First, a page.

The vehicle, which is produced by General Dynamics Land Systems, has protected the troops against numerous threats in Iraq, including improvised explosive devices (IEDs), car bombs, rocket propelled grenades (RPGs), mines and small arms fire, according to soldier accounts.

"During our year there, not a single soldier died inside a Stryker vehicle. There were a couple of soldiers riding who were hit, but nobody died inside a vehicle. And there were penetrations that were fairly catastrophic," said Lt. Col. Barry Huggins, commander of the 2-3 Infantry Battalion, who served as the first Stryker Brigade's executive officer in Iraq.

Stryker Brigade combat teams, designed as an earlyentry force that fills the gap between light and heavy forces, are infantry-centric units composed of three infantry battalions, a cavalry squadron, an artillery battalion, a support battalion and four companies--military intelligence, engineer, signal and anti-tank. Approximately 310 Strykers support each brigade.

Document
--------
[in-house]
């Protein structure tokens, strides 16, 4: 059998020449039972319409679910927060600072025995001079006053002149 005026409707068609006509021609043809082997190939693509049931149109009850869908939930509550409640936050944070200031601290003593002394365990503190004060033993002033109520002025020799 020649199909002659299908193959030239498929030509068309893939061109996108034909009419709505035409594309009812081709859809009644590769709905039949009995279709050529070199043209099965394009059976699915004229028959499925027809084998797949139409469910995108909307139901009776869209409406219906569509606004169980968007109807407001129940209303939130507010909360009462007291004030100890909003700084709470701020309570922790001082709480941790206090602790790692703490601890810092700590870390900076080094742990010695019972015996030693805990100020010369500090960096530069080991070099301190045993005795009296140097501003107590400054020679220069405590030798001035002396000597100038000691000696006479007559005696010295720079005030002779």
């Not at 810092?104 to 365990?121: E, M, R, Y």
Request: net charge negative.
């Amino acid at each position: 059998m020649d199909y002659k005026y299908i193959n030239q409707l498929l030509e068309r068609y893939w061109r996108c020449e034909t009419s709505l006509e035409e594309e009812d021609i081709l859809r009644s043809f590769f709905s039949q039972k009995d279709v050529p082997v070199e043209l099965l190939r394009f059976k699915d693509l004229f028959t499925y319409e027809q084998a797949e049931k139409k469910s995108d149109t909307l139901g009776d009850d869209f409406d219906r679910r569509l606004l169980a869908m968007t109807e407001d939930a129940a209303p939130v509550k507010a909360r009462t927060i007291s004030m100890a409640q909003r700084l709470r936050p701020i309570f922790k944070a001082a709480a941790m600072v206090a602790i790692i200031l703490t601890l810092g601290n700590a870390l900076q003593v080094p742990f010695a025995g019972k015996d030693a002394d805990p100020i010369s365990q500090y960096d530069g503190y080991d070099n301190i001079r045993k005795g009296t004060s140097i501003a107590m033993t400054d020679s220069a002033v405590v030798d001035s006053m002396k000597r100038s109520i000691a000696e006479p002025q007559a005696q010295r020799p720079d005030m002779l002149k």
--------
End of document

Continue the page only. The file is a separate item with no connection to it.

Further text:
The Stryker's armor protects against 14.5 mm rounds. Before deploying to Iraq, the first Stryker brigade acquired slat armor that could be added to the vehicle to protect soldiers from RPGs. The 5,200-pound armor wraps around the sides of the vehicle and deflects RPGs, which then explode away from the vehicle.

"I was here [at Fort Lewis] when they came up with the slat armor. Everybody's like, 'oh, it's a birdcage. It'll never do anything,'" recounted Mullen. A month into operations in Iraq, his unit was doing a cordon-and-search operation with the Iraqi army at a mosque in Mosul. "We'd gotten a tip that insurgents were holding a meeting in one of the rooms off the mosque. I'm 50 feet from a Stryker that got hit with three rocket-propelled grenades. And everybody's okay. One kid got a little shrapnel from a mortar round," he said.